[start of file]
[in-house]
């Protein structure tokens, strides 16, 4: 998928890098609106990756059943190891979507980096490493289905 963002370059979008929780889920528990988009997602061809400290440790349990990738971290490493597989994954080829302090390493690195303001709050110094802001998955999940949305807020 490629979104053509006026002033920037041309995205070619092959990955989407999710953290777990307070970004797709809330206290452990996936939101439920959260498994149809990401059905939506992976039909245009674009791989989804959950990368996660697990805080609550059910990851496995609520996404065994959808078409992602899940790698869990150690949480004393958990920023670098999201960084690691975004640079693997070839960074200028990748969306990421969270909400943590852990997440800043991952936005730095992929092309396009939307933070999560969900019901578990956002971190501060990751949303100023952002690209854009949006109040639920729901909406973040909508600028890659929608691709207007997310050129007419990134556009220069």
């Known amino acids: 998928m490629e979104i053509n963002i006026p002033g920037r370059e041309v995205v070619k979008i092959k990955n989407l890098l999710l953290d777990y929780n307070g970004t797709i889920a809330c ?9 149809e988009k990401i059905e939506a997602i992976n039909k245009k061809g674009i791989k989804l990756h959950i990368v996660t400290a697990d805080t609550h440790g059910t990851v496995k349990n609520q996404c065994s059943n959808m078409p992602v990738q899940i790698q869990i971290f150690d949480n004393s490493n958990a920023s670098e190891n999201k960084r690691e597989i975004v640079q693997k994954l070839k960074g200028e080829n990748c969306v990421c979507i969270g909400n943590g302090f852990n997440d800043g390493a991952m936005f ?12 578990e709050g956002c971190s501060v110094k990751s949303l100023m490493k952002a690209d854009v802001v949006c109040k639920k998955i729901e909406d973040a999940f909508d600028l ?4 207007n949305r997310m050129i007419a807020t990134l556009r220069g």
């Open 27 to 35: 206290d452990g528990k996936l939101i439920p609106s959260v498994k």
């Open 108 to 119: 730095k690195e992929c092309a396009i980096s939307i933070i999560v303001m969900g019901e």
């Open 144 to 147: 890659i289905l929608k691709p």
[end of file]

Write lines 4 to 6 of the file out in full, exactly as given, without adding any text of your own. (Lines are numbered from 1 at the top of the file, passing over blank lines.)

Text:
């Open 27 to 35: 206290d452990g528990k996936l939101i439920p609106s959260v498994k």
């Open 108 to 119: 730095k690195e992929c092309a396009i980096s939307i933070i999560v303001m969900g019901e």
């Open 144 to 147: 890659i289905l929608k691709p």